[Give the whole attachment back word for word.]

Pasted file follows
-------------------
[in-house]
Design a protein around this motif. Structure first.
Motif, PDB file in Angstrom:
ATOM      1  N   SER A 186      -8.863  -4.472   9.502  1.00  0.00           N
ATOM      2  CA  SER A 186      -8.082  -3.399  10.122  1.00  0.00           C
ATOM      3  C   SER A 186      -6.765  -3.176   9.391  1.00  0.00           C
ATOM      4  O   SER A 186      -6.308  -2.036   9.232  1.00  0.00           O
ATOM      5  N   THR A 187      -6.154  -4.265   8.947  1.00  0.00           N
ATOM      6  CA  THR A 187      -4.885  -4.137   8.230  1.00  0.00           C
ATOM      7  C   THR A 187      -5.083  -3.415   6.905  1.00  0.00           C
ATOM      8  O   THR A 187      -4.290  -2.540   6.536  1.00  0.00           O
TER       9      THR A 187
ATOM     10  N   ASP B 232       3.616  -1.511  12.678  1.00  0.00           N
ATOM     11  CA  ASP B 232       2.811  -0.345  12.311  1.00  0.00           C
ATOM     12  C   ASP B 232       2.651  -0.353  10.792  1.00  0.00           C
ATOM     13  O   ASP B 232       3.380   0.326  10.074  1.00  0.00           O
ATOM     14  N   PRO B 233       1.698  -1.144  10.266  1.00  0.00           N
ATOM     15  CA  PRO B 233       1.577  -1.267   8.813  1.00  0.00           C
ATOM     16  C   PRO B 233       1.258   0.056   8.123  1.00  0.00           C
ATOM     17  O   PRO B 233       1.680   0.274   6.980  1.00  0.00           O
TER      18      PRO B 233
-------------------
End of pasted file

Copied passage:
[in-house]
Design a protein around this motif. Structure first.
Motif, PDB file in Angstrom:
ATOM      1  N   SER A 186      -8.863  -4.472   9.502  1.00  0.00           N
ATOM      2  CA  SER A 186      -8.082  -3.399  10.122  1.00  0.00           C
ATOM      3  C   SER A 186      -6.765  -3.176   9.391  1.00  0.00           C
ATOM      4  O   SER A 186      -6.308  -2.036   9.232  1.00  0.00           O
ATOM      5  N   THR A 187      -6.154  -4.265   8.947  1.00  0.00           N
ATOM      6  CA  THR A 187      -4.885  -4.137   8.230  1.00  0.00           C
ATOM      7  C   THR A 187      -5.083  -3.415   6.905  1.00  0.00           C
ATOM      8  O   THR A 187      -4.290  -2.540   6.536  1.00  0.00           O
TER       9      THR A 187
ATOM     10  N   ASP B 232       3.616  -1.511  12.678  1.00  0.00           N
ATOM     11  CA  ASP B 232       2.811  -0.345  12.311  1.00  0.00           C
ATOM     12  C   ASP B 232       2.651  -0.353  10.792  1.00  0.00           C
ATOM     13  O   ASP B 232       3.380   0.326  10.074  1.00  0.00           O
ATOM     14  N   PRO B 233       1.698  -1.144  10.266  1.00  0.00           N
ATOM     15  CA  PRO B 233       1.577  -1.267   8.813  1.00  0.00           C
ATOM     16  C   PRO B 233       1.258   0.056   8.123  1.00  0.00           C
ATOM     17  O   PRO B 233       1.680   0.274   6.980  1.00  0.00           O
TER      18      PRO B 233